Here, as far as I can tell, is what we know to this point in time as far as the historical significance of Josh Hamilton's 5-for-5, four-homer night:
● To clarify an earlier tweet, Hamilton now boasts only the 16th four-homer game dating back to the inception of Major League Baseball in 1871. His feat now ranks as only the 14th four-homer game in modern major league history (1901-present), as two of those four-homer efforts came about in the mid-1890s. To frame the rarity of this accomplishment in the appropriate context, there have been only 21 perfect games thrown during the totality of major league history (again, dating back to 1871), with 19 of those being logged during the course of modern major league history.
● Hamilton's 18 total bases tonight are good for the outright all-time American League record, exceeded only by Shawn Green's 19 total bases during his 6-for-6, four-homer effort against the Brewers on May 23rd, 2002. Hamilton's fifth hit, a double, flirted with over-the-fence status, effectively leaving him just a couple feet shy of what would have been the only five-homer, 20-total base game in major league history. I imagine he'll be able to live with that shortcoming, though, so we should probably find a way to live with it ourselves. And in case you haven't figured it out by now, Hamilton pretty much obliterated every single-game Rangers offensive record, so there's that.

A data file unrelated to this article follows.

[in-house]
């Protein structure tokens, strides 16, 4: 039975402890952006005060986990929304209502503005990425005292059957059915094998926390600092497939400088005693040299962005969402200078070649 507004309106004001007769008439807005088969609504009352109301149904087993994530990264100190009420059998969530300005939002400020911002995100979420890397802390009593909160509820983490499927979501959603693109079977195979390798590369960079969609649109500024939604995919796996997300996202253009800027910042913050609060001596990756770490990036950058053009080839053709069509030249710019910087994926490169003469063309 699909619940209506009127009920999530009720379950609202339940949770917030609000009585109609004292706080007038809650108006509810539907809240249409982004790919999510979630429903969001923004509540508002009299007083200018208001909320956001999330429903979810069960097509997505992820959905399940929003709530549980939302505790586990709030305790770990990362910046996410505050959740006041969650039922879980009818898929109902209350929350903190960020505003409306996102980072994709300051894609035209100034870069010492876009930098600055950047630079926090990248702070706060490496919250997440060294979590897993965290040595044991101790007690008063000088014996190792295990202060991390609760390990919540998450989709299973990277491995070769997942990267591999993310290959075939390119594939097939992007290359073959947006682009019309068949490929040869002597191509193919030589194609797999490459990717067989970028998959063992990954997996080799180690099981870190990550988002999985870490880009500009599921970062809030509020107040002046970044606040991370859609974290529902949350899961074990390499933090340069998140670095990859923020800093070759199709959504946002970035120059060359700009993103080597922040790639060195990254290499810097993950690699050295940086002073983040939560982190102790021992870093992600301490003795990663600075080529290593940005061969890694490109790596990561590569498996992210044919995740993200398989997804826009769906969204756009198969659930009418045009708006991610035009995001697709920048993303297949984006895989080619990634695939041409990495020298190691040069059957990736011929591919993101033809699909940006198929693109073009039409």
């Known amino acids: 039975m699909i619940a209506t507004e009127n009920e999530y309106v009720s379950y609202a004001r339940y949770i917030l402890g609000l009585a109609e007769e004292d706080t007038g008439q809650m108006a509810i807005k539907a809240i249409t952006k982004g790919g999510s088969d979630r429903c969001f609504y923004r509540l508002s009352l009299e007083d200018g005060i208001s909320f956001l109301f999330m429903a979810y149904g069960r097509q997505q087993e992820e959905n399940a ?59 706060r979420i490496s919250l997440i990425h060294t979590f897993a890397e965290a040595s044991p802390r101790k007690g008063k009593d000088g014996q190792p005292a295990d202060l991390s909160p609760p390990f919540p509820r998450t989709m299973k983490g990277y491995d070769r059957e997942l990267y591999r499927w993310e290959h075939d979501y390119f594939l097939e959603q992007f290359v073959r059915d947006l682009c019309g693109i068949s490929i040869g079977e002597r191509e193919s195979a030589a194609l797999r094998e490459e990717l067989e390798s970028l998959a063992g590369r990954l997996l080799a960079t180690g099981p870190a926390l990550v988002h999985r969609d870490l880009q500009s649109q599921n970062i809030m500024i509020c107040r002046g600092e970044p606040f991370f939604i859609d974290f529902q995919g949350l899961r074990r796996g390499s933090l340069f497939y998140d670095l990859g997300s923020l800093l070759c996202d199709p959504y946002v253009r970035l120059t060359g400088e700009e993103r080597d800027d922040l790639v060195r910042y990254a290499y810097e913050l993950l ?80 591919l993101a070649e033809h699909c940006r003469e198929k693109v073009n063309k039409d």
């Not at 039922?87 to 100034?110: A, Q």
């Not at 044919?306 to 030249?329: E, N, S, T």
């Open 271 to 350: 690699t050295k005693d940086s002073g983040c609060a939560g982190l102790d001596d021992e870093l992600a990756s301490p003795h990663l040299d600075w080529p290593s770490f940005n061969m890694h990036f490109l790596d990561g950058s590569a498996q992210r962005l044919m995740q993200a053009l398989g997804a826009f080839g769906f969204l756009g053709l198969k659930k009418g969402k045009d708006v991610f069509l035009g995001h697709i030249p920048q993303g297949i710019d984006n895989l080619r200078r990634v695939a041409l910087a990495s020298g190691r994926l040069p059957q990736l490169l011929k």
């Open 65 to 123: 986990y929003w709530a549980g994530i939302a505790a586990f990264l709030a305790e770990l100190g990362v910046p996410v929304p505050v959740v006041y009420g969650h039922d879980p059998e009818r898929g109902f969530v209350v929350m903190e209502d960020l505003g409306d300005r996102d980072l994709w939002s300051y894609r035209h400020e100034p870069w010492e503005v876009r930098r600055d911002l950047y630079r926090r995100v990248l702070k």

● Hamilton entered tonight's rain-threatened tilt in Baltimore sporting a .376/.435/.703 triple-slash line with 10 home runs in 128 plate appearances. He leaves the field tonight with a .406/.458/.840 batting line, and 14 home runs in 133 plate appearances. His wRC+ (a scaled offensive measure similar to OPS+, where a 100 wRC+ would be equal to league-average offensive production, and, say, a 150 wRC+ would be 50 percent better than league average) for tonight's game only was 1212. If you extrapolated his current regular-season numbers forward with not a lick of regression, you would find that he's currently on pace to hit his 63rd home run on plate appearance No. 599.
You would also find that his present 247 wRC+ is better than the very best full-season marks of Babe Ruth (235), Barry Bonds (245), Mickey Mantle (221), or Ted Williams (223), so, yeah -- Hamilton has performed at a level above that of a Hall of Famer at his peak over the first five weeks of the season. I couldn't tell you how many other 247 wRC+ runs of this length have ever been compiled in major league history, but I cannot fathom the list being too lengthy.
● There's also this:
Josh Hamilton has quadrupled Albert Pujols' homer count for the season in two and a half hours #realtalk— Joey Matches (@BBTiA) May 9, 2012
Josh Hamilton could go 0 for his next 210 and still have a higher slugging percentage than Albert Pujols.— Jeff Passan (@JeffPassan) May 9, 2012
It's funny what all you can get out of what may very well have been the single greatest offensive performance in the history of the American League.